Chunks of Cassius’ prize, a wild doe, roasted on a makeshift spit over the campfire. It wasn’t much meat: enough for the four of them to have as a very filling dinner, with some extra that Nico said would make for a fine breakfast before they departed in the morning. The sun overhead was gone completely, and stars glittered in a smattering of clusters that offered him some peace.
Cass chomped into the remnants of the deer, and ‘Laine flinched when he heard bones snap and meat rip. The noises disgusted him, but moreover they reminded him of watching Nico carve the better sections of the meat for themselves just a short time prior. The archer had taught both he and Eryn how to skin the creature, which Varlaine had found disgusting enough. The prince’s only experiences with raw meat involved a few wanderings into the castle’s kitchens, and it hadn’t looked anywhere close to as bloody and fresh as the deer’s.
Nico himself turned the spit carefully, with hands that had been rinsed under a canteen but were still tinted red. His shirt, a muddied and stained brown already, had a few new dark blemishes to show for their meal. The archer had convinced both Eryn and ‘Laine to cut their own portions from the carcass after he’d shown them how, and seeing the stains made the prince self-conscious enough to look down over himself. He’d been meticulously careful when he’d cut a piece, and the carving knife had been kept at arm’s length, but his effort was rewarded with clean clothes even after the cutting. The stench of bleeding flesh, though, he couldn’t drive away. He wondered if it was real, or if he was imagining it.
“I didn’t really like carving the meat,” Eryn commented. She sat near Nico, watching him turn the spit, brows creased in a grumpy and uncomfortable stare. “It made my skin crawl. That doe was alive before we came in and…”
“You get used to it,” Nico said simply. He was concentrating on his task, but even Varlaine could see he looked bored. “Not like you’ve been eating vegetables all your life up until now.”
The rider huffed, a noise that made Varlaine wince in preparation for an argument and the nearby, reclining Naz very quietly snort. “I didn’t have to cut up those animals. It isn’t the same.”
“Yeah, well, someone did. Your dinners didn’t skin themselves, city girl.”
Instead of lashing out further, Eryn went quiet. Varlaine was relieved by that; while silence on her part probably meant some amount of brooding, it was better than dragging the camp into a fight. The quiet endured long enough for Nico to become satisfied with the meat, and he took the spit off the fire, jamming it into the ground and inspecting the food.
“Naz, you eat first,” He declared. The mercenary lifted her chin from her palm, tilting her head in confusion, before she shook it in refusal. “No, you need to. The kids are young, but you’re traipsing about in armor that weighs as much as either of ‘em. You need to eat.”
It took a moment for her to accept his reasoning, but Varlaine was glad she did. “Alright. Appreciated.” She got up, carried herself forward, and took the largest chunk of meat from the several skewered on the wooden spit; then she returned to her place without a fuss, sitting and blowing cool air on the food.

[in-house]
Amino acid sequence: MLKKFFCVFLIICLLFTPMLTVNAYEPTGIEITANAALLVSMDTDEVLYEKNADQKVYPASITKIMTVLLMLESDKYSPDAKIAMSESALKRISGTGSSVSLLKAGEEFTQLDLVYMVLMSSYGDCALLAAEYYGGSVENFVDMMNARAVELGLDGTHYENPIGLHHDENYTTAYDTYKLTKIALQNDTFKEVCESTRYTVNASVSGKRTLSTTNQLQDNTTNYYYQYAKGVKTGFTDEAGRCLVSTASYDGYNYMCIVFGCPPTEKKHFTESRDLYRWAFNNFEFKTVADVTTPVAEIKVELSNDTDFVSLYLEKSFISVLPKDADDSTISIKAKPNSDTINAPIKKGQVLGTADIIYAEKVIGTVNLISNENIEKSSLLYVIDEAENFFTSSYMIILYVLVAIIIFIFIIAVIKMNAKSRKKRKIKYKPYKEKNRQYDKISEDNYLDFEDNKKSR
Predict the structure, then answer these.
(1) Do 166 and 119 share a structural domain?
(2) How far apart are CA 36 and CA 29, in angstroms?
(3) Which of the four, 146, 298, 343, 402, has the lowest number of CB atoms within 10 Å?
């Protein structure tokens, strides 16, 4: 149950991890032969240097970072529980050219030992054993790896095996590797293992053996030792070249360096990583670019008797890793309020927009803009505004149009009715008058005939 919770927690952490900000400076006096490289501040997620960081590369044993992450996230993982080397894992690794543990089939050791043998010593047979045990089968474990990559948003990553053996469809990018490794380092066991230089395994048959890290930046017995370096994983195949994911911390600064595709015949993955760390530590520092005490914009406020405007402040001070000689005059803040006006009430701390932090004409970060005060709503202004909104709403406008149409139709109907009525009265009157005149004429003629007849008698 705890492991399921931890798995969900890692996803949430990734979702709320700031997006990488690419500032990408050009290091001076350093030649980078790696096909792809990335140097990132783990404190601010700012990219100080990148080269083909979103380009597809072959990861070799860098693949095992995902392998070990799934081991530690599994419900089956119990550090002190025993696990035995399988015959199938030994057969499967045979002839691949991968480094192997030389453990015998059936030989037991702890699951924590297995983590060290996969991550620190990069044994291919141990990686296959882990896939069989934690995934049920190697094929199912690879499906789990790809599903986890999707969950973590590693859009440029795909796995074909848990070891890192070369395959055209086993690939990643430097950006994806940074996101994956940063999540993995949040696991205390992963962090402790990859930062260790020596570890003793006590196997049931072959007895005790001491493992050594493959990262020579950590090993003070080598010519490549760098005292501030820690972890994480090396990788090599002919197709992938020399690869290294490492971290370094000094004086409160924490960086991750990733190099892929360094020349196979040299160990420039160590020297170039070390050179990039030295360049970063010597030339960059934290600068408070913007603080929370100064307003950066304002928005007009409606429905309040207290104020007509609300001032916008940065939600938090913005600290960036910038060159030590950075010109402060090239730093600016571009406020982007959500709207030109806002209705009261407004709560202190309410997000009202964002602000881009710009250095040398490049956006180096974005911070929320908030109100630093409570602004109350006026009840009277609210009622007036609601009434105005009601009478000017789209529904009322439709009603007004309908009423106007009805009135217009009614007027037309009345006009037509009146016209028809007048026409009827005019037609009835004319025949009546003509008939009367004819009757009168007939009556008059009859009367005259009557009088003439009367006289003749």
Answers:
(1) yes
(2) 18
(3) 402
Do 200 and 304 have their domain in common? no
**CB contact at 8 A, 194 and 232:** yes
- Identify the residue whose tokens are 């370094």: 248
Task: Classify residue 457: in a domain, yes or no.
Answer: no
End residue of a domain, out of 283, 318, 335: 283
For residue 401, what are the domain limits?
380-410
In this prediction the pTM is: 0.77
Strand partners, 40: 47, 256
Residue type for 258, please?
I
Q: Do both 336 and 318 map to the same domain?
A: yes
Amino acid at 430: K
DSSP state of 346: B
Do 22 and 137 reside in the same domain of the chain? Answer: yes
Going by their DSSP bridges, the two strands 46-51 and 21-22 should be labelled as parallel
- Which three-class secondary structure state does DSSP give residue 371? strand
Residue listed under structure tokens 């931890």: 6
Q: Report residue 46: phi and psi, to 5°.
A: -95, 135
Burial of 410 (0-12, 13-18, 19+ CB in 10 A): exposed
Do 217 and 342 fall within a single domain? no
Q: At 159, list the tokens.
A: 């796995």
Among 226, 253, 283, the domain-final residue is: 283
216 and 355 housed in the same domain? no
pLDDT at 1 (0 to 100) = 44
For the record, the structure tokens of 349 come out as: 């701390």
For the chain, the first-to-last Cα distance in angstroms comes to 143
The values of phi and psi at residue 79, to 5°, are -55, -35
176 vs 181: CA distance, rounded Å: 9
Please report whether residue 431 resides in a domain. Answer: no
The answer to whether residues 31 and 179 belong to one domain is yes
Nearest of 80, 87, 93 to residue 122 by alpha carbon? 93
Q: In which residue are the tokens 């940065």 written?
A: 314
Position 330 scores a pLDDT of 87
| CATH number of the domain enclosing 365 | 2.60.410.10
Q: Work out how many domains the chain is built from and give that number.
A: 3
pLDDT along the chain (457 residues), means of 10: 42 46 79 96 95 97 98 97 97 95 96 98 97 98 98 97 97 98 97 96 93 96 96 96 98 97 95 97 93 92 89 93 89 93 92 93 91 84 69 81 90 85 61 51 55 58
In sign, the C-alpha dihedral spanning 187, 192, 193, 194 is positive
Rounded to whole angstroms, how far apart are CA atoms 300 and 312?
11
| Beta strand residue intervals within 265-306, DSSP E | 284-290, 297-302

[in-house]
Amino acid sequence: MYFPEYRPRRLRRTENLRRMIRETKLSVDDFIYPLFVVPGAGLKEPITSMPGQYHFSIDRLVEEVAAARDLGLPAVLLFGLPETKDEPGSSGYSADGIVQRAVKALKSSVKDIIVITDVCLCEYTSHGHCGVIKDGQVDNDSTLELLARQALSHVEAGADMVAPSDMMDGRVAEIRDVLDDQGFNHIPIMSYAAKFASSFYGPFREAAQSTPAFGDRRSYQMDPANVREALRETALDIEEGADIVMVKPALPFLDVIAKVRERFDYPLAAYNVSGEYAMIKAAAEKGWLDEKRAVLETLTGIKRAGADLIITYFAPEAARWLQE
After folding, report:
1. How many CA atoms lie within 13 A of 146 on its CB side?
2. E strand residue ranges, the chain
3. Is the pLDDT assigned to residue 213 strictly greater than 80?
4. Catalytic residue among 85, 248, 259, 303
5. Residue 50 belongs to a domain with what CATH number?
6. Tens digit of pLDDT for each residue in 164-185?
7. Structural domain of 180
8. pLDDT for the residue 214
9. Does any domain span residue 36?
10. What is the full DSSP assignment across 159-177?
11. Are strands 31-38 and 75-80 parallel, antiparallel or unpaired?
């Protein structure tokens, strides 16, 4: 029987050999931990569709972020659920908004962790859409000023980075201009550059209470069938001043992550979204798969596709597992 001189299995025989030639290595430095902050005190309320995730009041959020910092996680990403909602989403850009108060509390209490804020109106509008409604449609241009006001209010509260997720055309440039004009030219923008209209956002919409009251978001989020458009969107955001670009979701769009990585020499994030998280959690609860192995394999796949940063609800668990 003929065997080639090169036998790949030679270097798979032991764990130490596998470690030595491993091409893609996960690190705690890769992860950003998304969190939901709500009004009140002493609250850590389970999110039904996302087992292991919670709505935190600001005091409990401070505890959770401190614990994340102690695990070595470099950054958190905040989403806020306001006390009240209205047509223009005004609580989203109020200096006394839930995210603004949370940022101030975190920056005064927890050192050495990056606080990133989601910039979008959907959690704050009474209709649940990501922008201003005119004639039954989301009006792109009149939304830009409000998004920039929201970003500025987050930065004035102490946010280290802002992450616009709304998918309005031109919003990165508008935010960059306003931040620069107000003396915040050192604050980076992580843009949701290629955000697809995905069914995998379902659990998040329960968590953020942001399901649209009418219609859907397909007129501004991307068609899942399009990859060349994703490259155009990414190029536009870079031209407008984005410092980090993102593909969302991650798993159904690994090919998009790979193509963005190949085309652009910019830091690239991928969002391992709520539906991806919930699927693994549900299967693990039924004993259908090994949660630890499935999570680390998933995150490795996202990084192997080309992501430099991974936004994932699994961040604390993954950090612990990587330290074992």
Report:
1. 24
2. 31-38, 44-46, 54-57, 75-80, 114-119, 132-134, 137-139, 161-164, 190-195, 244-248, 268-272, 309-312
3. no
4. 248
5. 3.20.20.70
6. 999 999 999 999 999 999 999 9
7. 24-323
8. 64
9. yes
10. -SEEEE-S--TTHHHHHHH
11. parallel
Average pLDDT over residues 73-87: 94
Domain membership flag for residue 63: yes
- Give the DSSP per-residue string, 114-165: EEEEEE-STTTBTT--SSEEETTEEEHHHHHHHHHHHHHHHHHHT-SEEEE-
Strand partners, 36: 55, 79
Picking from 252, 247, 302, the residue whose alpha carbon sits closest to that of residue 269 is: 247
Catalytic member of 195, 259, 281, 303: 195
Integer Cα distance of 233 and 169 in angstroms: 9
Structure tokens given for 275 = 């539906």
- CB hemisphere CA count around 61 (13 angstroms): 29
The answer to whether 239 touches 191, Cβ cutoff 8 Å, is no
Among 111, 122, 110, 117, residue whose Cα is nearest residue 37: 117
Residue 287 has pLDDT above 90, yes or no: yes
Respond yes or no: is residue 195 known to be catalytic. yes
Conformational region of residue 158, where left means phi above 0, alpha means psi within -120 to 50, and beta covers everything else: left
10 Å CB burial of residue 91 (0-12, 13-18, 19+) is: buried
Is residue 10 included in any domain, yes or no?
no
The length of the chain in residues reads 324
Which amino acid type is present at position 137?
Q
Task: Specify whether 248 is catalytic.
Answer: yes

“You next,” Nico gestured to Eryn, then held out the spit to her. “Ladies before men.”
Dissatisfied with that, Eryn puffed out her cheeks in annoyance. In the end, likely to alleviate any further bickering, she moved forward to accept the meal. When she sat down, she took a longer time staring at it than Varlaine had seen her deliberate over a meal. Nico stared right along with her, before shaking his head and turning to ‘Laine.
“And here’s yours, my lord.” The prince got the impression that the formal greeting was somewhat bitter, but he bowed his head appreciatively anyways.
“Thank you, very much, for the food,” He expressed. Nico shrugged it off and handed him the chunk of meat, and he took it. The food was warm in his hands, and the exterior had toughened out some, dried by the heat. It wasn’t as soft as what he’d had in town, but then, that had been cooked properly and this was a wild meal. When he bit into the food, its juicier insides, warm and fresh, sated his hunger enough that he couldn’t complain about the texture.
The group ate for a while, a quiet but bonding experience. They each had their own way to go about it, Varlaine noticed: Naz pulled pieces from the whole and placed them between her lips, while Nico tore bites from the bigger piece of meat and chewed on the jagged pieces there. Eryn, for once, seemed uneasy; she too tore off smaller chunks, but each was appreciated in a more subdued, almost unhappy way. The prince decided he’d rather eat like Naz and Eryn, so followed suit.
When all of the meal had been eaten on all parts, Eryn excused herself to care for Cassius. She said something about wanting to help wash his beak and feathers, and departed with the griffon for the stream, leaving Varlaine alone with the two adults.